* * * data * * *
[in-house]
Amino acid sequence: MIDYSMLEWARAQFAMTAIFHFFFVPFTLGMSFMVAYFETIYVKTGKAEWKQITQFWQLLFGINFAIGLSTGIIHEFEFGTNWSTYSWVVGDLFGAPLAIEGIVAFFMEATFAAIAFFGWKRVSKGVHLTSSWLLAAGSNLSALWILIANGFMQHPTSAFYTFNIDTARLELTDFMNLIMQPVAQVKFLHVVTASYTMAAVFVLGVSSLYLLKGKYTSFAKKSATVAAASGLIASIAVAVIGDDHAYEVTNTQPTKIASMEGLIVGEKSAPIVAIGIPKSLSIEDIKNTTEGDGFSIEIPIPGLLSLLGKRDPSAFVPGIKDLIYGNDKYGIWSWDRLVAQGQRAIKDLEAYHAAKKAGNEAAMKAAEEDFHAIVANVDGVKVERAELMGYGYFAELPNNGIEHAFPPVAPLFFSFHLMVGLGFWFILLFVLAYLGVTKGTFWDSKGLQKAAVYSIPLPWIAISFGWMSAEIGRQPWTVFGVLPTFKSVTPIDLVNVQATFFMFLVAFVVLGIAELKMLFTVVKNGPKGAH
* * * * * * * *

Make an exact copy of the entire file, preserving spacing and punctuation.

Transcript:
[in-house]
Amino acid sequence: MIDYSMLEWARAQFAMTAIFHFFFVPFTLGMSFMVAYFETIYVKTGKAEWKQITQFWQLLFGINFAIGLSTGIIHEFEFGTNWSTYSWVVGDLFGAPLAIEGIVAFFMEATFAAIAFFGWKRVSKGVHLTSSWLLAAGSNLSALWILIANGFMQHPTSAFYTFNIDTARLELTDFMNLIMQPVAQVKFLHVVTASYTMAAVFVLGVSSLYLLKGKYTSFAKKSATVAAASGLIASIAVAVIGDDHAYEVTNTQPTKIASMEGLIVGEKSAPIVAIGIPKSLSIEDIKNTTEGDGFSIEIPIPGLLSLLGKRDPSAFVPGIKDLIYGNDKYGIWSWDRLVAQGQRAIKDLEAYHAAKKAGNEAAMKAAEEDFHAIVANVDGVKVERAELMGYGYFAELPNNGIEHAFPPVAPLFFSFHLMVGLGFWFILLFVLAYLGVTKGTFWDSKGLQKAAVYSIPLPWIAISFGWMSAEIGRQPWTVFGVLPTFKSVTPIDLVNVQATFFMFLVAFVVLGIAELKMLFTVVKNGPKGAH